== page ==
(Part 2) Burnout – How did I get here?

First of all, I believe burnout doesn’t mean you need to be repaired; burnout means you need to be refueled! (I wrote about What Burnout Is in part 1 of this series.)

Most of us can identify a time in our life when we felt burnout. Maybe you’re there now! We can usually recognize when we are in the middle of burnout, but we often cannot identify what brought us there in the first place.

If we don’t know what led us to burnout, there is a very high possibility we will find ourselves burnout again.

And again.

And again.

If we don't know what lead us to burnout, there is a very high possibility we will find ourselves burnout again. Share on X

If you’re putting gas in the tank, only to find that your car is still empty, you probably have a leak in the tank. You don’t have an inflow problem; you have an outflow problem. To operate at full capacity in life, we must carefully monitor what goes in and what goes out.

For over a decade, I’ve visited with people who have burnout in the church, and have even struggled with burnout in my own life. I’ve noticed at least four factors that contribute to burnout.

1. Isolation. 

God created us to live, worship, and serve in a community. When we isolate ourselves from other people, we’re placing ourselves on a path towards burnout. Sharing your life with others doesn’t mean we have to be around people all of the time (there is certainly a place for time alone with God), but if we never build relationships with those in our church family we’re essentially punching a hole in our spiritual tank.

Remember, at the very beginning it was God who said, “It is not good for man to be alone.” You were wired as a relational being.

Even Solomon wrote, “Two are better than one because they have a good return for their labor.” Ecclesiastes 4:9

2. Unresolved Conflict. 

When people are involved there will be conflicts. The measure of a healthy spiritual life is not the absence of conflict; it’s how you respond to the conflict. Some people think that not addressing a conflict will make the issue go away, but in reality, the opposite happens. The conflict festers and grows.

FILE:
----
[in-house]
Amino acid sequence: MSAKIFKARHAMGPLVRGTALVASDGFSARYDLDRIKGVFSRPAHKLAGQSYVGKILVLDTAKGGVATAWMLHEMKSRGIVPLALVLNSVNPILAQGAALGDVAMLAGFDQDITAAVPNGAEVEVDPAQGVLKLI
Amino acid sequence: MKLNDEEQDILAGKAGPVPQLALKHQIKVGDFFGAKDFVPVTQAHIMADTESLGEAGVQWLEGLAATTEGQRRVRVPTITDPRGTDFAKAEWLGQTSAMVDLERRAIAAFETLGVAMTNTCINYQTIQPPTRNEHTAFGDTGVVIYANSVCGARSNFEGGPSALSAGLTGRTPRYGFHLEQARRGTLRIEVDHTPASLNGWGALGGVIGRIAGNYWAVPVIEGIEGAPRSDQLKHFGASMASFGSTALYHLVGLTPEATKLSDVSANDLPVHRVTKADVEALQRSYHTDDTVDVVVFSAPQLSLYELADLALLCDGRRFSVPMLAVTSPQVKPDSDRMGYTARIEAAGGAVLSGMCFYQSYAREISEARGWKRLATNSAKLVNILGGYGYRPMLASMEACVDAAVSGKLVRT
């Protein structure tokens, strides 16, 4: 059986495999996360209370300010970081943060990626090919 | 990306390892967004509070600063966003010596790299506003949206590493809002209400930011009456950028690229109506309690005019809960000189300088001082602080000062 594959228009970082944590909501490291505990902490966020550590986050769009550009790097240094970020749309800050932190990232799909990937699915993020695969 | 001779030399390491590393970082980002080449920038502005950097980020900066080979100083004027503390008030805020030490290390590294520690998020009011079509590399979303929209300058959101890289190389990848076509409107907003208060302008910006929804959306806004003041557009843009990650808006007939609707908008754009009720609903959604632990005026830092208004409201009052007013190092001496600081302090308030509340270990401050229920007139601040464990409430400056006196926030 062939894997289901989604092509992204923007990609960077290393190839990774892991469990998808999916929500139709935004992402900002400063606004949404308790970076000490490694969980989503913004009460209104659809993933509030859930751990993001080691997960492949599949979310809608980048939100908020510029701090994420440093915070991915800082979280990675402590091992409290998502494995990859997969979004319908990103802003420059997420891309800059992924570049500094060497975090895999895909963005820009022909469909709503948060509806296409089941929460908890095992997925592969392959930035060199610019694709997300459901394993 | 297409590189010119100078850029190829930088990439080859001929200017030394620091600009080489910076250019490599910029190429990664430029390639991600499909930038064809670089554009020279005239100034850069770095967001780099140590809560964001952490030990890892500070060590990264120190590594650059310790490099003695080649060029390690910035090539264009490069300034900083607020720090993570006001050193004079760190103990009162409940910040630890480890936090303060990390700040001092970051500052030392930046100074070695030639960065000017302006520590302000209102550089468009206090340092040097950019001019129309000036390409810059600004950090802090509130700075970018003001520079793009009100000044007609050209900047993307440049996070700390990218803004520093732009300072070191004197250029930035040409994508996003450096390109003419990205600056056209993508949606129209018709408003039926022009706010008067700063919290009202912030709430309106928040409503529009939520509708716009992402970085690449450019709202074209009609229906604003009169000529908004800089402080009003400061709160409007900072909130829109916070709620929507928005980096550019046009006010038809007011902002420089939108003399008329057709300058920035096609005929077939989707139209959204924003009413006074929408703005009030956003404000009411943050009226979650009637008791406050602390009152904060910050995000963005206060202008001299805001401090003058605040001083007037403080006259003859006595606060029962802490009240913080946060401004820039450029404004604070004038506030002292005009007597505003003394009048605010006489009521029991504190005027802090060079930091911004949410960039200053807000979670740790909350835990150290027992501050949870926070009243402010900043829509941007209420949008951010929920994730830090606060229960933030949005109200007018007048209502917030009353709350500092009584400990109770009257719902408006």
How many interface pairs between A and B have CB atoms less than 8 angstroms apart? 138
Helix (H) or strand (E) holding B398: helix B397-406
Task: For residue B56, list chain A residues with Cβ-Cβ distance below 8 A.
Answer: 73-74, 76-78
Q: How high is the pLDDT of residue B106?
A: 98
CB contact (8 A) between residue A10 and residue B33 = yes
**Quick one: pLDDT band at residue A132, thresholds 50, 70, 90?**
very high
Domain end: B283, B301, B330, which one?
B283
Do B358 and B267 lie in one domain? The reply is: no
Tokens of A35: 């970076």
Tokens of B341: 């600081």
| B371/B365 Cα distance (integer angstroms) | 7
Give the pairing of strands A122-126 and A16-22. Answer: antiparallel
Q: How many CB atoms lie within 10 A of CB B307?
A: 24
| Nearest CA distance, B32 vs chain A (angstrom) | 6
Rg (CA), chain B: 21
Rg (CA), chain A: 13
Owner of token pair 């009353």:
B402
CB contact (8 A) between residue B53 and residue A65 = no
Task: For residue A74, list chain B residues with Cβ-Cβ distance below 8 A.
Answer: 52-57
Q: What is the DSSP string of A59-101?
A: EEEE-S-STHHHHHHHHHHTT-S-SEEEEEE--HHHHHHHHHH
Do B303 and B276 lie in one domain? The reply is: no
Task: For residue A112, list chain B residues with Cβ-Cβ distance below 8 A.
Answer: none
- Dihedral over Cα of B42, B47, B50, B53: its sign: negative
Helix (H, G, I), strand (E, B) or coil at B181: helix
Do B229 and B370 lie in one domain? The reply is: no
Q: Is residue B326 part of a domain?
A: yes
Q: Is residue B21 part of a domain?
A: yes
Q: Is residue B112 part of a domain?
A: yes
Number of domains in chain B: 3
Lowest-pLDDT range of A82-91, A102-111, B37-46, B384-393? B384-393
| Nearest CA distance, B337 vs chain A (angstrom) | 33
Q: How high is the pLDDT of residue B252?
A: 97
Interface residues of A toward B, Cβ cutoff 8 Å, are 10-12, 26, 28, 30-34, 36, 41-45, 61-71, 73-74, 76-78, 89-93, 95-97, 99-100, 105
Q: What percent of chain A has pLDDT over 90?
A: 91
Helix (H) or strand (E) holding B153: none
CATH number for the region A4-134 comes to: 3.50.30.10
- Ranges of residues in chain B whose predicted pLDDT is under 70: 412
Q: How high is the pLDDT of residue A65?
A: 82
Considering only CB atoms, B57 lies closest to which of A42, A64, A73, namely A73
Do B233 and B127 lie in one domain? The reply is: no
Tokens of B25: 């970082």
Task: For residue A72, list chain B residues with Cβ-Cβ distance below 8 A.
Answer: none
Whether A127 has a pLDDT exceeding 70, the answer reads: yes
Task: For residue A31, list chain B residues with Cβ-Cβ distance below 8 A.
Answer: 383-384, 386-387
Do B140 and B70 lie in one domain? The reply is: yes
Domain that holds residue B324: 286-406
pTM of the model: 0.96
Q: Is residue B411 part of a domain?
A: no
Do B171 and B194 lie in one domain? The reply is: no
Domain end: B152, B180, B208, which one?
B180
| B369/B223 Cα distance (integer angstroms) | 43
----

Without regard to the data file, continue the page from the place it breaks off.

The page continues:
The only way to resolve a conflict is to address it in a loving and gracious way. When we allow unresolved conflict to remain in our lives, it spreads like a bad mold and rusts away our desire to serve others. In the end, we burn out.

If you’re offering your gift at the altar, and there remember that your brother or sister has something against you, leave your gift there in front of the altar. First, go and be reconciled to them.” Matthew 5:23-24

3. Poor Time Management.

Let’s face it. Most people are poor managers of time…myself included. By getting caught up in the daily grind, days turn to weeks, weeks turn into months, and months turn to years. We spend time, but we don’t invest time.

Like you can get a return on investment (ROI) on your money, you also get a ROI on your time. Maybe that’s why God instructs us to “redeem the time.” Ephesians 5:16

One of the best ways to invest your time so that you won’t burn out is to rest. If you don’t believe me, then go back and read the 4th commandment. It’s a big deal to God that we set aside a day to rest and replenish.

4. Under-appreciation.

Sometimes it’s a simple, small “Thank You!” that lights your fire and keeps you going. Just knowing that someone notices what you’re doing and appreciates your hard work and dedication.

Here’s the thing.

God notices. God cares.

When you serve Him, you are “storing up treasures in heaven, where moth and rust cannot destroy, and where thieves cannot break in and steal.” Matthew 6:20

If you feel underappreciated, know that God is watching. Let the longing of your heart be to one day hear the words, “Well done good and faithful servant.”

5. Over-extending. 

If you have a servant’s heart, then you may feel the pressure to say Yes to every opportunity that comes your way. However, sometimes the best thing we can do for our spiritual health is to say “No” to opportunities. There will always be good opportunities out there to serve, but I believe we need to watch for the God opportunities.

Commitment is saying No to everything except the thing you said Yes to. When you say No to good opportunities, you’re making yourself available for God opportunities.

Commitment as saying No to everything except the thing you said Yes to. Share on X


So, are you on a track to burnout? Ask yourself these 5 Questions to see.

  1. Am I living in isolation from other people?
  2. Is there an unresolved conflict with someone in my life?
  3. Are there areas of life where I am wasting time?
  4. Do I feel under-appreciated for the work I do?
  5. Am I overextending myself?

If you answered Yes to any of the questions, you might be on track for burnout. It’s Ok to recognize, but it’s not ok to stay there.

Stay tuned for Part 3 – How do I get the fire back?